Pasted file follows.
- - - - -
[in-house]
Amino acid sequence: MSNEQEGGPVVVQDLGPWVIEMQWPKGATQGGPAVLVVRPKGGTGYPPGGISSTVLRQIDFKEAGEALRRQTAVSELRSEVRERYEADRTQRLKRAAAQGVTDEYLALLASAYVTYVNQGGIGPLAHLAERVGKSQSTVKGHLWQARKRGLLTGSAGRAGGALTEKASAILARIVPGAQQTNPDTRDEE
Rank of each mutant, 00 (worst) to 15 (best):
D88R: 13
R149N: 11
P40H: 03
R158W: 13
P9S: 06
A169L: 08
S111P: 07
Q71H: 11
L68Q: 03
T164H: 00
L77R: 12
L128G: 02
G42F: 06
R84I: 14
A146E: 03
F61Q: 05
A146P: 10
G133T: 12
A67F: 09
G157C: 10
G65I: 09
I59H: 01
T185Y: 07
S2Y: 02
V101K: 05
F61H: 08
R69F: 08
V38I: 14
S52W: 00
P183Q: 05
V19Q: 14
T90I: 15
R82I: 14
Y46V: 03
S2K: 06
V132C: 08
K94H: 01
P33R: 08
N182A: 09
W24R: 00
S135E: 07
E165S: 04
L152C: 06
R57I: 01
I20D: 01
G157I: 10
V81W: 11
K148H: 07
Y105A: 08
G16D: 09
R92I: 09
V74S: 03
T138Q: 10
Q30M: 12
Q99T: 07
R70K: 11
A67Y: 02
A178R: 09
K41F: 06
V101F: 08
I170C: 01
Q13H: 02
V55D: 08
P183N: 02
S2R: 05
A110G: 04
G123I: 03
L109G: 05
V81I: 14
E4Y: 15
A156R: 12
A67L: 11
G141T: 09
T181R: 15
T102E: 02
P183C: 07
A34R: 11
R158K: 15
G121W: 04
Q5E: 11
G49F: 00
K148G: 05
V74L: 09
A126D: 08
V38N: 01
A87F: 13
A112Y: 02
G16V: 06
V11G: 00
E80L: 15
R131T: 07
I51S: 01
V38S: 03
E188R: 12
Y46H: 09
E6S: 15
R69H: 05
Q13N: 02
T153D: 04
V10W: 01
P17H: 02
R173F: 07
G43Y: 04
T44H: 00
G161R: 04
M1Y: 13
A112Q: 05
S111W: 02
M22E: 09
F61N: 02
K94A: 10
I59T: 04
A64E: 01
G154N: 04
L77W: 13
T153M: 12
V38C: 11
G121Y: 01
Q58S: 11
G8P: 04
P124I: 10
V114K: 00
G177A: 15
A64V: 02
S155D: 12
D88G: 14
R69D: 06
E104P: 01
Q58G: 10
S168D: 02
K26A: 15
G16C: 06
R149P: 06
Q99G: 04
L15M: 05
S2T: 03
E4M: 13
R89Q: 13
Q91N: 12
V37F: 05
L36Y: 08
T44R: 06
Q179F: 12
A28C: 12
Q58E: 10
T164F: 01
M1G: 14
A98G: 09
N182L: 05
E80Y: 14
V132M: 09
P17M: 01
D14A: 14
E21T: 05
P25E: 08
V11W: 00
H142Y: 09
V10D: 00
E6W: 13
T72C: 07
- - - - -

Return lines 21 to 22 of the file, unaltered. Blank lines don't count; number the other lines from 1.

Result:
G133T: 12
A67F: 09